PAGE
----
One cannot read the book of Acts without being impressed with the rapid growth of the church after her establishment.  We see the church growing spiritually and  numerically.  Both are important!  God wants His church to grow.  The purpose of this   article is to not to promote a particular method, but to suggest a couple of areas on which we must focus if we want to see the church grow.  Let me suggest first that we must develop a mind to grow. I am afraid that Satan has convinced us that people aren’t interested and there is little or nothing that we can do to change that.  If the church is going to grow we must truly believe that it can.  We must believe that God is still able to do amazing things through His church.  Do we still believe Rom. 1:16?  Do we still believe Matt. 11:28-30?  Do we believe that Jesus is the answer to the problems of life?  Do we really believe that people are lost without the gospel?  We need to develop the passion that Christ, the Apostles and the early church had for the lost.  Secondly, we must have the proper message:  It was a message that included the whole counsel of God.  (Acts 20:27)  The message of the early church was Christ centered, convicted men of sin, called them to repentance and then provided the solution for sin.  Furthermore, it challenged false religions.  It challenged people to make sacrifices for the cause of Christ.  It was an uncompromising message.  It did not reach out and embrace every religious vies and lifestyle.  There was an exclusiveness about the message that made it appear “narrow minded” to many who heard it (Acts 4:12).  It was a message of good news centering on Christ and especially the death, burial and resurrection of Christ. People need the good news.  They need to know that Jesus loves us, left the glories of heaven, died a horrible death on the cross and conquered death that we might have the good life now and eternal life in the end.  Finally; It was a proclaimed message.  Early Christians went everywhere preaching the word (Acts 8:4) They had the “good news” and they wanted the world to hear it!  They felt compelled to proclaim it (Acts 4:19-20; 8:4).  We live in difficult times and reaching people with the gospel is not easy, but if we will develop the mind to grow taking the message of Christ to all who will listen, the church can still grow!  May God help to not allow Satan to discourage us and convince us not to grow, but to practice these biblical principles and allow God to work through us and His Word.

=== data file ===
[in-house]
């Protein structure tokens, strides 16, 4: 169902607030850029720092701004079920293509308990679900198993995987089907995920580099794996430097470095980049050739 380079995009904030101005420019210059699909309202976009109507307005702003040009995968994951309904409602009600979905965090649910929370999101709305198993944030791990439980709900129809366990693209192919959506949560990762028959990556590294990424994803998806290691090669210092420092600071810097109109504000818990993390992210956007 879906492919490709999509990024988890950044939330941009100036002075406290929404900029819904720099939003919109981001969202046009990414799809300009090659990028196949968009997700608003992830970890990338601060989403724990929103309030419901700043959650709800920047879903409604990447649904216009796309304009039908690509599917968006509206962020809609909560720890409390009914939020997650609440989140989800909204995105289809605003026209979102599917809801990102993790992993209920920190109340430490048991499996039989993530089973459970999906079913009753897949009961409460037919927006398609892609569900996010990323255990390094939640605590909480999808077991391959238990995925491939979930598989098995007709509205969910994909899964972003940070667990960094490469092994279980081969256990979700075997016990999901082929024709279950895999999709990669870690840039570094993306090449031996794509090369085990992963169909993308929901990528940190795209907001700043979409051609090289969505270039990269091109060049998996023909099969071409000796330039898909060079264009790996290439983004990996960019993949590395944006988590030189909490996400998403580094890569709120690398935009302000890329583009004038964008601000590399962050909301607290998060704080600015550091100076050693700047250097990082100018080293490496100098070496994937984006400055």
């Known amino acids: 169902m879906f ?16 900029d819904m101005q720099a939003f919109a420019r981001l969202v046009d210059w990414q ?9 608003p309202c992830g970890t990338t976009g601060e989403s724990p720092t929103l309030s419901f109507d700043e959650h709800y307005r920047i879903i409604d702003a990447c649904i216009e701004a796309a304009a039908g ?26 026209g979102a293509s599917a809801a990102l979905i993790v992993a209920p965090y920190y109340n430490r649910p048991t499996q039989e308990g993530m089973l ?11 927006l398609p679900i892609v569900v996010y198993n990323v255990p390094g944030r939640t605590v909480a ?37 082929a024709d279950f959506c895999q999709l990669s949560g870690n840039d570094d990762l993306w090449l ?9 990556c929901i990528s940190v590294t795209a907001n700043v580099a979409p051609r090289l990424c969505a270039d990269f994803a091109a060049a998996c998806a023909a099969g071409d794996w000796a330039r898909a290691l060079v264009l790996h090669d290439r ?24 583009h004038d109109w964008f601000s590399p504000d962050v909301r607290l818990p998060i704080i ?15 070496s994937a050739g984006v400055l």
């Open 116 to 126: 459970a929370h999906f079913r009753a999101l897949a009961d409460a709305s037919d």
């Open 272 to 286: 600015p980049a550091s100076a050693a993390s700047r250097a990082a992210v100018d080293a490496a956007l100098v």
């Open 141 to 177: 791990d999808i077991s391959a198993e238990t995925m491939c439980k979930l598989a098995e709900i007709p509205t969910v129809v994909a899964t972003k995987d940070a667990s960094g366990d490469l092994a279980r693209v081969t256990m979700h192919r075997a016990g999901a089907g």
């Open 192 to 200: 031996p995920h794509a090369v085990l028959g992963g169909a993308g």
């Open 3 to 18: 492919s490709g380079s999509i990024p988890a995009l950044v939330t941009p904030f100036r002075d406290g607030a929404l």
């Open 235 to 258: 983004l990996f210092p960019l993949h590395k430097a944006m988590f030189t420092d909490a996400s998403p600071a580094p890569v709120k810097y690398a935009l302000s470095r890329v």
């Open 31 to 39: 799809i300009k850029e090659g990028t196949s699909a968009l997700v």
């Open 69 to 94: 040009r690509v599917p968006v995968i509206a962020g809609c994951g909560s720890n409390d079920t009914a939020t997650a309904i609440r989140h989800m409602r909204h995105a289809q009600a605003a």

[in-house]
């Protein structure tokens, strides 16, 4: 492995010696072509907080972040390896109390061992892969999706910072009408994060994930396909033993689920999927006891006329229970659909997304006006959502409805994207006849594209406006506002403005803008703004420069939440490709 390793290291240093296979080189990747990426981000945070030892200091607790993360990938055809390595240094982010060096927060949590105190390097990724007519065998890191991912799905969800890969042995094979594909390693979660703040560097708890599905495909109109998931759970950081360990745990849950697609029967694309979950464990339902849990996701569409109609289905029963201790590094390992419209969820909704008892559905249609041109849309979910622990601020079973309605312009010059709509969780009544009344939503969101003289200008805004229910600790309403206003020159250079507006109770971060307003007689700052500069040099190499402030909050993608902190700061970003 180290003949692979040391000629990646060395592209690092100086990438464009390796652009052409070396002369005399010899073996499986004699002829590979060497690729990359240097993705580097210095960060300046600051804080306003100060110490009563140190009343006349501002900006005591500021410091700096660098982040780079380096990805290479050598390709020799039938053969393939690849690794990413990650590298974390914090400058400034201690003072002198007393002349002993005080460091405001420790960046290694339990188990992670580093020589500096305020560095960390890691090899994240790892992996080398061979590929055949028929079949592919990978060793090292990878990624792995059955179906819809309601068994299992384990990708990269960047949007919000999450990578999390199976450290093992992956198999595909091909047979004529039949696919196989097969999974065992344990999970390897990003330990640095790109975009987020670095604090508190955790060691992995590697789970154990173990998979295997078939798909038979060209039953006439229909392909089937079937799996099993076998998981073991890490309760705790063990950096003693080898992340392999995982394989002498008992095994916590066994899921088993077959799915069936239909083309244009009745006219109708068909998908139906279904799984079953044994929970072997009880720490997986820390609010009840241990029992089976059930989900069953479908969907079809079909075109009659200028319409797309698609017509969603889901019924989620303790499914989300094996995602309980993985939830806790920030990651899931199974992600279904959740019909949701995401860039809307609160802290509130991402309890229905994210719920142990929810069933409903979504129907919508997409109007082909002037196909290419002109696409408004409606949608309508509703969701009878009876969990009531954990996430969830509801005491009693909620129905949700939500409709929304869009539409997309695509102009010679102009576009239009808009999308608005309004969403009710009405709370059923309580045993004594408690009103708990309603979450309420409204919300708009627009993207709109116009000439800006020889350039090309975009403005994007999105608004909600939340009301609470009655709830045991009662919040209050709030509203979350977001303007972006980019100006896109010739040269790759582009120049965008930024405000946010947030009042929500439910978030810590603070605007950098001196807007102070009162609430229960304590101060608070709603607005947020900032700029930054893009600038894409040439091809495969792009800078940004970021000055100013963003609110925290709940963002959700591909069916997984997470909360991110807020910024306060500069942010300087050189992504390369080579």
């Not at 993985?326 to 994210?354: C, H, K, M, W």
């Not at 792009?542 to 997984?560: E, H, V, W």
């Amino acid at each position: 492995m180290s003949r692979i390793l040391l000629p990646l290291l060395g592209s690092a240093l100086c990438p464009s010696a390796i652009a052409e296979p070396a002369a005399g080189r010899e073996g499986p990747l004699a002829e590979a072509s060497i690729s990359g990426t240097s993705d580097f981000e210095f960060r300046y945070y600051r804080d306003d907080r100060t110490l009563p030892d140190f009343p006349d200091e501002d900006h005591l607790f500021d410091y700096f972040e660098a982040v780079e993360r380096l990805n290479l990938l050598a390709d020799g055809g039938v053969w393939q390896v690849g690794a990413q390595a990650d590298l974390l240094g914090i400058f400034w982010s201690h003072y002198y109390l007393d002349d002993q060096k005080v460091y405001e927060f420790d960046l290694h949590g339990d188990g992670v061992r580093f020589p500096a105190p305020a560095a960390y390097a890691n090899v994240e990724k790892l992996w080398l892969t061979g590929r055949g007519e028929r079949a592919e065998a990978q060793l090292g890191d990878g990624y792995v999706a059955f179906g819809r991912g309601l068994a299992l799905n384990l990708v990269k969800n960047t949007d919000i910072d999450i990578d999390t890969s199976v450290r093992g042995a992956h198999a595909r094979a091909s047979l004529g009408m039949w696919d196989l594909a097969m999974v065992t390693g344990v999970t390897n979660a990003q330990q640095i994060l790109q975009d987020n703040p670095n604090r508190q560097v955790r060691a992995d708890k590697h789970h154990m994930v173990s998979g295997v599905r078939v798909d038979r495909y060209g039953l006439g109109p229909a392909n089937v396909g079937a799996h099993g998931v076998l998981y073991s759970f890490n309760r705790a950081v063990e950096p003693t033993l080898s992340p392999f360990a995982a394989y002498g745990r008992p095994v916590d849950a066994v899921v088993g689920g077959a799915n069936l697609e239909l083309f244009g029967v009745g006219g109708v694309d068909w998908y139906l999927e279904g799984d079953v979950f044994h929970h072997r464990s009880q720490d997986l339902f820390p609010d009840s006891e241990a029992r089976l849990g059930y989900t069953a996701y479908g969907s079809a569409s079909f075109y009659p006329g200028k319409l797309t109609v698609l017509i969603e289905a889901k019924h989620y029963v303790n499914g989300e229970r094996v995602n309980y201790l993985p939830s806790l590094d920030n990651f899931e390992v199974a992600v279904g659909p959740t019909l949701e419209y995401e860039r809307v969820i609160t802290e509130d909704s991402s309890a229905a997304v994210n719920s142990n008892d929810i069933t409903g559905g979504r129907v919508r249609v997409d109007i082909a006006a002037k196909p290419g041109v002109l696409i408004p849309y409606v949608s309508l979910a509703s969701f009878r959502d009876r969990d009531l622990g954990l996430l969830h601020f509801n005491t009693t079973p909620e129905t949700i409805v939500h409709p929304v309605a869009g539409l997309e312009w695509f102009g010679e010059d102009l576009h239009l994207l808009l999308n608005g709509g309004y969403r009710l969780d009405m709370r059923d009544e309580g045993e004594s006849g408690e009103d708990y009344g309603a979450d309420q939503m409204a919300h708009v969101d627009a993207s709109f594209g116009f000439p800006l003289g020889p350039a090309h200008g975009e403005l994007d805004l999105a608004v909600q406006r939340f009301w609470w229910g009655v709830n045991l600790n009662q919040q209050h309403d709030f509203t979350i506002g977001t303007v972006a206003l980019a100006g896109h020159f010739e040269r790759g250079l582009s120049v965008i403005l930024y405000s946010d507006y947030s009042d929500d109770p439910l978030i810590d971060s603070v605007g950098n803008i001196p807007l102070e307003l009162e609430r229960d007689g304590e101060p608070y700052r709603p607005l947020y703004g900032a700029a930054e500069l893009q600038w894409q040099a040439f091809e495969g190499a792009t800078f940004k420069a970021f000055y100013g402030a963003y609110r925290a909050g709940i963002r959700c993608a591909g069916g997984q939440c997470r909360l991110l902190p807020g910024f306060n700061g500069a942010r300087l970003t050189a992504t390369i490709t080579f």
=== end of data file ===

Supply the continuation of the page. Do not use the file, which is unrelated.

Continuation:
-Steve Snyder (edited for space)

Why you should be baptized - TODAY

Wednesday, March 18, 2015